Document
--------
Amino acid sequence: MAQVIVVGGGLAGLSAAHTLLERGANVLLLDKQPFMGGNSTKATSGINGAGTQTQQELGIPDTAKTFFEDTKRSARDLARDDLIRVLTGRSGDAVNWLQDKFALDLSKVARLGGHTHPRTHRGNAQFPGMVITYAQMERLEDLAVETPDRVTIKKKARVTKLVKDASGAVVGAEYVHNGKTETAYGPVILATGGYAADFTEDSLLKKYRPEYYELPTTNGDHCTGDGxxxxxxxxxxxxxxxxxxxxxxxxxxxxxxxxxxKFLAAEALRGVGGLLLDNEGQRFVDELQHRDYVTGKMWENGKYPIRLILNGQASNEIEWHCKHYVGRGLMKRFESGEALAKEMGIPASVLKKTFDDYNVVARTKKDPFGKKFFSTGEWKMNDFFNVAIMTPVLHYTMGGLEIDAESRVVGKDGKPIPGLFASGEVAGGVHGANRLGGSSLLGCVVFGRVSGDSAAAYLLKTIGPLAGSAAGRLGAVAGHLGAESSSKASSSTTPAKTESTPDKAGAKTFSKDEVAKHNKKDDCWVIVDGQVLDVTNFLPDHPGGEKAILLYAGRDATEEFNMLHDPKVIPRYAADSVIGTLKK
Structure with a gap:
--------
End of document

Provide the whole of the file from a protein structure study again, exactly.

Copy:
Amino acid sequence: MAQVIVVGGGLAGLSAAHTLLERGANVLLLDKQPFMGGNSTKATSGINGAGTQTQQELGIPDTAKTFFEDTKRSARDLARDDLIRVLTGRSGDAVNWLQDKFALDLSKVARLGGHTHPRTHRGNAQFPGMVITYAQMERLEDLAVETPDRVTIKKKARVTKLVKDASGAVVGAEYVHNGKTETAYGPVILATGGYAADFTEDSLLKKYRPEYYELPTTNGDHCTGDGxxxxxxxxxxxxxxxxxxxxxxxxxxxxxxxxxxKFLAAEALRGVGGLLLDNEGQRFVDELQHRDYVTGKMWENGKYPIRLILNGQASNEIEWHCKHYVGRGLMKRFESGEALAKEMGIPASVLKKTFDDYNVVARTKKDPFGKKFFSTGEWKMNDFFNVAIMTPVLHYTMGGLEIDAESRVVGKDGKPIPGLFASGEVAGGVHGANRLGGSSLLGCVVFGRVSGDSAAAYLLKTIGPLAGSAAGRLGAVAGHLGAESSSKASSSTTPAKTESTPDKAGAKTFSKDEVAKHNKKDDCWVIVDGQVLDVTNFLPDHPGGEKAILLYAGRDATEEFNMLHDPKVIPRYAADSVIGTLKK
Structure with a gap: